Thursday, May 28, 2015

Fear The Gang

Today on Route 4 By-Pass (Southbound) in Fairfield Ohio near a Walgreens... You know, that one on the corner of good times and money laundering, I seen my newest hero. Re-created below (because I'm a man without a picture-phone) I seen a box truck with a rush spray-paint phrase that I thought said 'Butler Gang' but upon closer inspection said Butter Gang.

Whereas 'Butler Gang' is still rather weak name for a gang (in my opinion) it still made sense. After all, Fairfield is in Butler County... But as Butter Gang, the sighting crossed the line of being a sub-par act of vandalism and became a hero and artistic statement (to me) in the process.

Below, you will see an approximate re-creation for clarification purposes.

Friday, May 22, 2015

How Sweet Suite Can Be

A Review from Special Guest Troy Turner!

Suite: a set of selected pieces from an opera or musical, arranged to be played as one instrumental work.

The most recent release from this talented Columbia, Missouri trio, New Tongues, is a four-song EP titled Suite and should perhaps be taken at face value: a bona fide suite. These songs flow really well together in order but, regardless, the overall sonic result is textural, tribal, brutal and often beautiful. New Tongues are able wizards of post-hardcore heaviness with an obvious reverence for those great bands in the past who threw down the Noise gauntlet during the 1990's glory days of Amphetamine Reptile and Homestead Records.

"...These nets are here for safety!" 

Opening with "Suicide Nets," you're met with a tribal, Swans-like cut. Highlighting the work of a great rhythm section (Justin Nardy on bass/vocals; Mike Quinn drumming/vocals) in an exceptionally tight anti-dirge; more a plea to the living -- or those who might stay alive courtesy of suicide netting. The heaviness of Shane Johnson's guitars playing (which is great throughout this record) is equal to theseriousness of subject matter. 

Escape Hoods

Captivating instrumental. Grabs you from the jazzy opening, then it seamlessly glides into into an almost hypnotic space that lends positive comparison to the sound of early Don Caballero or Unwound before the pummeling crescendo. Yet another track on which Justin Nardy and Mike Quinn really shine. 

"Guilty on the ground, I'm guilty in the air..."

In the 1990s, the word "drone" was used more (deridingly or not) to describe the sound of many an Indie Rock band. Today, sadly, the term is known more for the collateral damage they -- drones -- inflict in the name of keeping the fight 'over there.' Easy to imagine and commiserate with a young man/woman tasked with being an "air-conditioned Templar" in a never ending Middle Eastern war zone. You'll find that this song genuinely conveys the frustration and anger felt by all who question this suspecpolicy. 

"The saddest sound"

From the opening lilt of "El Condor Pasa," a wee Spaghetti-Western guitar tease, this novel cover of the well-known Simon & Garfunkel nugget soon gets the heavy treatment. Each line is accentuated by a heavy drumbeat; an angular guitar solo morphs into an ambient blast that ends before it has a chance to develop into a 20+ minute, quasi-psychedelic blowout -- which would've been cool, too! 

The saddest sound? Not sure but, no matter what, remember: New Tongues are the hammer and you're the nail, my friend.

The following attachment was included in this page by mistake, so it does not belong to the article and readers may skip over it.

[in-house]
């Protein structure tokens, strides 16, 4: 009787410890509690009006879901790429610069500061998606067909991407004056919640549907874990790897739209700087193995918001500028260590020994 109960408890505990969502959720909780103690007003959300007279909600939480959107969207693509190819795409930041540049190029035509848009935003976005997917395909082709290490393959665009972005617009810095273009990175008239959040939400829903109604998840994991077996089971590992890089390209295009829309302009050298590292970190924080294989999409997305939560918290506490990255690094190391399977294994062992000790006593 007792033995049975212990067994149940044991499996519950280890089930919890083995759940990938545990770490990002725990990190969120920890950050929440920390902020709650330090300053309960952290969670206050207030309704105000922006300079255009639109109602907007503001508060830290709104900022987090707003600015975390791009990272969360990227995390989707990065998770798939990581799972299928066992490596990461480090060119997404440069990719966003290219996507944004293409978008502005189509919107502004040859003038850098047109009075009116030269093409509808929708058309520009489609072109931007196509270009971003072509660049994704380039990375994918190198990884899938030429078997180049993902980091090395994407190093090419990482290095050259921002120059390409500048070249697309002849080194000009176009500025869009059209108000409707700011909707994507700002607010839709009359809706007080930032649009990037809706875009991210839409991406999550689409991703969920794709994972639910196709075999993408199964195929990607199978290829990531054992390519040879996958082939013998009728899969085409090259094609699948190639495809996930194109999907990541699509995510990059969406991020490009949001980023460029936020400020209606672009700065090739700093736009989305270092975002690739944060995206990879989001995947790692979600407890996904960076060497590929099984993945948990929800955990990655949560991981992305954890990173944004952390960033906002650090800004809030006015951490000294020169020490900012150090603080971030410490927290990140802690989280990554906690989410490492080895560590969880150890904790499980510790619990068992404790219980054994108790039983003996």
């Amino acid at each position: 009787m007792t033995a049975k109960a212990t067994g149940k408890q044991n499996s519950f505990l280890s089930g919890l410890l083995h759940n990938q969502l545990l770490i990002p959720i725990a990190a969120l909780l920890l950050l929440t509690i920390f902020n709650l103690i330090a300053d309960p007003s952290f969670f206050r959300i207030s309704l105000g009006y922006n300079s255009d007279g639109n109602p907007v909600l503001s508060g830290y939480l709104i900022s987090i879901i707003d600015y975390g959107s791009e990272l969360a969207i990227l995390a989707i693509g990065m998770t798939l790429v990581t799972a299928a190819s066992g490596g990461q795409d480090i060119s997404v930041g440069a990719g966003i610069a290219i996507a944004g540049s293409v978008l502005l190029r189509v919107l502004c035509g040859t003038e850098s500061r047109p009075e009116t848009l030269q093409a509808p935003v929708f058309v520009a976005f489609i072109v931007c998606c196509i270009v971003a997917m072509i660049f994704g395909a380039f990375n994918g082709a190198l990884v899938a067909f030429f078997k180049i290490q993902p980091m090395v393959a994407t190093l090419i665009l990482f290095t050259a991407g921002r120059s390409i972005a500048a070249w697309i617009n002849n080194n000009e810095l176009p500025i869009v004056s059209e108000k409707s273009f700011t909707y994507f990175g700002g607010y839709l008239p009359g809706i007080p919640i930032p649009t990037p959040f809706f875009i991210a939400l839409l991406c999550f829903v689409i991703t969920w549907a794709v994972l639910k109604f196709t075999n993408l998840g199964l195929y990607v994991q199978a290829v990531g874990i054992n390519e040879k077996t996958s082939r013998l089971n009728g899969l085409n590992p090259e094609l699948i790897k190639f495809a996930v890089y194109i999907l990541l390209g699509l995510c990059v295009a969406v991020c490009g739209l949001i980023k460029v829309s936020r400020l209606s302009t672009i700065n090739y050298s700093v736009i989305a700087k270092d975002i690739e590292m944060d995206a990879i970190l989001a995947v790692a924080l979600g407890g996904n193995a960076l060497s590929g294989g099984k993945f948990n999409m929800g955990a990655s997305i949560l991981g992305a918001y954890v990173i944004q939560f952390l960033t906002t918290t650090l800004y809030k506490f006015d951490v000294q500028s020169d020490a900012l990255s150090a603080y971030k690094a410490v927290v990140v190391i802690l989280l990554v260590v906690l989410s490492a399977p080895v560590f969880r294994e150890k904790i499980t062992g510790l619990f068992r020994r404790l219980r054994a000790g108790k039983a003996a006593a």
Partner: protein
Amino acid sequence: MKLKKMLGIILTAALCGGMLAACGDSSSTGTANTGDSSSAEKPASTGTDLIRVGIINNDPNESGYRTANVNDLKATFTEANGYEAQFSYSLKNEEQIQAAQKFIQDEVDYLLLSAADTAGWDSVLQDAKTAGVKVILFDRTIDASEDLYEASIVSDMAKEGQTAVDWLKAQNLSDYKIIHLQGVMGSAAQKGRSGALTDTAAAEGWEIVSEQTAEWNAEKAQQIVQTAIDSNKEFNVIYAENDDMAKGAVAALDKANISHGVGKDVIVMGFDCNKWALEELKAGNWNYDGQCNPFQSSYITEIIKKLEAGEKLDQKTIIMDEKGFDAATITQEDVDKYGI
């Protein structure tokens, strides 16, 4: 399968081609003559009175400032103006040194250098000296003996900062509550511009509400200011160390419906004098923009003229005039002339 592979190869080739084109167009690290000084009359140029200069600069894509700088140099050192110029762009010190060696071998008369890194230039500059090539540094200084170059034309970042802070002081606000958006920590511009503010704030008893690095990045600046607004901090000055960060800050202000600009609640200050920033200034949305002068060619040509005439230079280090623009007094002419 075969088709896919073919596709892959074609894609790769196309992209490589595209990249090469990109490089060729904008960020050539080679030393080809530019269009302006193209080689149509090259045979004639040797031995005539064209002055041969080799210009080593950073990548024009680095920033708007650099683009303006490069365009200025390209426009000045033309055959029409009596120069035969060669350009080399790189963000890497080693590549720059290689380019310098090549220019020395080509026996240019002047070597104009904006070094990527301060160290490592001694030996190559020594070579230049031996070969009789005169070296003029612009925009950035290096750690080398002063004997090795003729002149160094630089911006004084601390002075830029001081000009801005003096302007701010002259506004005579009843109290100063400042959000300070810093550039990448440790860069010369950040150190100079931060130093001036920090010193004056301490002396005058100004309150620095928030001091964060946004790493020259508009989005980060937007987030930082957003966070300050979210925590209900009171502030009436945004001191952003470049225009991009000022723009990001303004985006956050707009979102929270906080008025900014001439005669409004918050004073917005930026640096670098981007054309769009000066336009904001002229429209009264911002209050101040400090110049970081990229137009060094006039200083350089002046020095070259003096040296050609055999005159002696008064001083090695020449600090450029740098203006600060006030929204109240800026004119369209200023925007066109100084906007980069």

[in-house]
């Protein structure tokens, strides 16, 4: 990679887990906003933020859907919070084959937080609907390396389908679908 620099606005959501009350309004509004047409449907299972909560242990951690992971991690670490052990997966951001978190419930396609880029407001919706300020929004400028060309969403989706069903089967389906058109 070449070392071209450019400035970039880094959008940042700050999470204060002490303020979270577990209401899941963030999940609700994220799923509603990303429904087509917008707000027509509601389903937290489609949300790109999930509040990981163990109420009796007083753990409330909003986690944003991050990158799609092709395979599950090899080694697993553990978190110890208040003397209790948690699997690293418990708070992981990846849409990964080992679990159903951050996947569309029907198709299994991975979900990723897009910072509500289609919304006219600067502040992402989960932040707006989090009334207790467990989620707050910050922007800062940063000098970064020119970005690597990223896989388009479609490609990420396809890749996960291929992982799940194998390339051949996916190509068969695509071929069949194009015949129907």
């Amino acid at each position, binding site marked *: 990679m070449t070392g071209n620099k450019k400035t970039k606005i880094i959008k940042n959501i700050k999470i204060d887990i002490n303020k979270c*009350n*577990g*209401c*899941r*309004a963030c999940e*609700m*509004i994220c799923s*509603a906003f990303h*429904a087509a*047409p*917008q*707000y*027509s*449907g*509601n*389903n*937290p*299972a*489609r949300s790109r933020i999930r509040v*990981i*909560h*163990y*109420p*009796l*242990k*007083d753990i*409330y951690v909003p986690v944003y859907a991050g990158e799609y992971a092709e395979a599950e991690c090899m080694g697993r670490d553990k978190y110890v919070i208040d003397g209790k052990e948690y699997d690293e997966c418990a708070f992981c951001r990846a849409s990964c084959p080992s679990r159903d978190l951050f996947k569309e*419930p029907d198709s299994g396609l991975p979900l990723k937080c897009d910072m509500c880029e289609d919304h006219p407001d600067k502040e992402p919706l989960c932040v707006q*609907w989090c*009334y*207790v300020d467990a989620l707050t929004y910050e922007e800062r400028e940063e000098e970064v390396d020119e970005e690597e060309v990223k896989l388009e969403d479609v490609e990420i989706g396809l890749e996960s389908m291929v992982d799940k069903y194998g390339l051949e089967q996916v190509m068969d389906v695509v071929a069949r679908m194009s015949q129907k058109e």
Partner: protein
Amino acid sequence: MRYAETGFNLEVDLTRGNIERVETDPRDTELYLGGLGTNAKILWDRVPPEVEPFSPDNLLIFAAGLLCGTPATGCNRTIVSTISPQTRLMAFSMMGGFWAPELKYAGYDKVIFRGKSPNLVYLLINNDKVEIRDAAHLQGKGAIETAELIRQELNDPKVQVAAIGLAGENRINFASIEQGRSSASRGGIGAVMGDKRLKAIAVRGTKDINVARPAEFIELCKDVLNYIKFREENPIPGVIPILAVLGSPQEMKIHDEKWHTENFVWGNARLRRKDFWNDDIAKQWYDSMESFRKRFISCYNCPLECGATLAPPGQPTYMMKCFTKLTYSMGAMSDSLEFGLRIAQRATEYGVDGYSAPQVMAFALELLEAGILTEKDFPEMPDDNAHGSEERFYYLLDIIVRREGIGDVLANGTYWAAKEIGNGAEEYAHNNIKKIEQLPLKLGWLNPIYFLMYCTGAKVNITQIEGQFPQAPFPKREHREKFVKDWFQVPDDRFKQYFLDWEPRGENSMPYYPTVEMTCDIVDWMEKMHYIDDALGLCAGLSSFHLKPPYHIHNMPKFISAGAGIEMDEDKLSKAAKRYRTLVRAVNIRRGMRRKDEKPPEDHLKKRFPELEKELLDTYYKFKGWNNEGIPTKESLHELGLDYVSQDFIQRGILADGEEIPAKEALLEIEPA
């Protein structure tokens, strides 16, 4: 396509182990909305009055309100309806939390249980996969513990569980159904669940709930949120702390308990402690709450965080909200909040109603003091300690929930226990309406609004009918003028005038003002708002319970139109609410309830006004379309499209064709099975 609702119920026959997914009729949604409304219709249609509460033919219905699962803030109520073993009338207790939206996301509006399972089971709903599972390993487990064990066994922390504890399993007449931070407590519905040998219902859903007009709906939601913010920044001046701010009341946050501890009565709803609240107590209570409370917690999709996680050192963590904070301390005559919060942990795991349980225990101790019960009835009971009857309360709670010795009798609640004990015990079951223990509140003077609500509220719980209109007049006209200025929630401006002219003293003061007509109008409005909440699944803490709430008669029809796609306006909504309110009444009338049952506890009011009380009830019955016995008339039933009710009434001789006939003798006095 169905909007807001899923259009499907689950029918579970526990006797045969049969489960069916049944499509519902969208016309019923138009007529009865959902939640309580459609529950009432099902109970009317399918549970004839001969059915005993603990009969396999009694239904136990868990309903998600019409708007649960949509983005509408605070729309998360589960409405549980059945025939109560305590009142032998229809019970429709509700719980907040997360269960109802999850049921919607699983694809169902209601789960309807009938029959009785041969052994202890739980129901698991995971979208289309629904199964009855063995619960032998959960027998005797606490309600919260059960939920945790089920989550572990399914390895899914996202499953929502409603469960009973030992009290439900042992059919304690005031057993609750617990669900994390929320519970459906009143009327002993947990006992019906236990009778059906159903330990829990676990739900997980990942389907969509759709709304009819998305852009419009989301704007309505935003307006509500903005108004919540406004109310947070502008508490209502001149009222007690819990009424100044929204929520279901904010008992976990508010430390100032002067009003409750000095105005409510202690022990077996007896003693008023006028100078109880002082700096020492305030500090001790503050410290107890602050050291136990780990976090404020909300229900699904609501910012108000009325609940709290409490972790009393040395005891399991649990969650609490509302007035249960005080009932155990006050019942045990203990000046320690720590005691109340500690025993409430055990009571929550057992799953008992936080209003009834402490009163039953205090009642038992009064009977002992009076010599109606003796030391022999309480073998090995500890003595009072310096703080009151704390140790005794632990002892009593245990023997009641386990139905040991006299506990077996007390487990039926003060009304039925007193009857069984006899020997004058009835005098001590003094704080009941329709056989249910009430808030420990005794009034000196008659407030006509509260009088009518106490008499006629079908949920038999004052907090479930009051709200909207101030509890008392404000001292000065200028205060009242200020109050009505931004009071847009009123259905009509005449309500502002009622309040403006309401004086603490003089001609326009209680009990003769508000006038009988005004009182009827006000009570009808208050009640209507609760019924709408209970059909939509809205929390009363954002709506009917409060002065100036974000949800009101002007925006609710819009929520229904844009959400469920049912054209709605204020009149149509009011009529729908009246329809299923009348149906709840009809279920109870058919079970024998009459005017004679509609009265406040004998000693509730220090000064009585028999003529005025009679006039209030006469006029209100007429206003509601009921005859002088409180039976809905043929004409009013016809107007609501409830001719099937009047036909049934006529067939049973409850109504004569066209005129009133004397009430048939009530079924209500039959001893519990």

Four songs -- 22-minutes -- isn't long enough. This EP, the follow-up to 2013's We Are The Ones We Have Been Waiting For is so good, you'll want to put it on loop. 

This pedigreed band -- with Cincinnati kid, Shane Johnson (formerly of Caterpillar Tracks and No Good Heroes) together with Justin Nardy and Mike Quinn (both seasoned veterans of Columbia's hardcore scene) have released an excellent disc just as satisfying as it is short; much more visceral than eviscerating. 

Doubters beware, indeed. 9/10

Monday, May 18, 2015

I Am A Poseur

In 1990 I finally got to the point where the bands on Decline of Western Civilization sounded good, I went to my first punk show (Fugazi in Dayton, Ohio) and more importantly, I made my first Homemad GERMS shirt. In true fashion, I got a roll of masking tape, a couple cans of spray paint, a plain white T-Shirt, made a stencil of the famed GERMS Circle-1 symbol and made one. Later I had the idea to add long sleeves from a pajjama top, but got bored of sewing and only got one sleeve done, so yeah, the shirt only had one sleeve that, surprisingly enough, wasn't uncomfortable at all. I it was my favourite shirt in the whole wide world.What I didn't relay though, is that I made my GERMS shirt and a CRASS one and a couple more Crass-type slogans because finding a band shirt was almost impossible. A few years later, my GERMS shirt vanished. I'm pretty confident it was my mom and dad who invaded my basement bedroom, retrieved the shirt, and threw it away. It's still a touchy subject that my mom and dad, to this day, haven't confessed to doing or more importantly, not doing it,

But society caught up to my size and before long, it wasn't so unheard of to find a bands shirt, in my size, AND readily available. So, eventually, I received a Unknown Pleasures T-shirt (Joy Division) for a present.

Now, every time I put it on I'm reminded not only how at one time I never thought I would own an 'official' band shirt and that one time I got interrorgrated at a Starbucks at 9am from two guys who were really into Faith No More about who, what, why, where and how Joy Division operated. I just finished Peter Hooks' Joy Division book so I guessed that I did ok because they still talked to me every now and then, and when the occasion arrived, the one guy with a pompdour would roll his car windows down, blast Faith No a More (or was it Ramstein?) at a loud volume waIting for me to look at him and validate his coolness being represented by that loud volume that sounded uninteresting.

I never looked at him.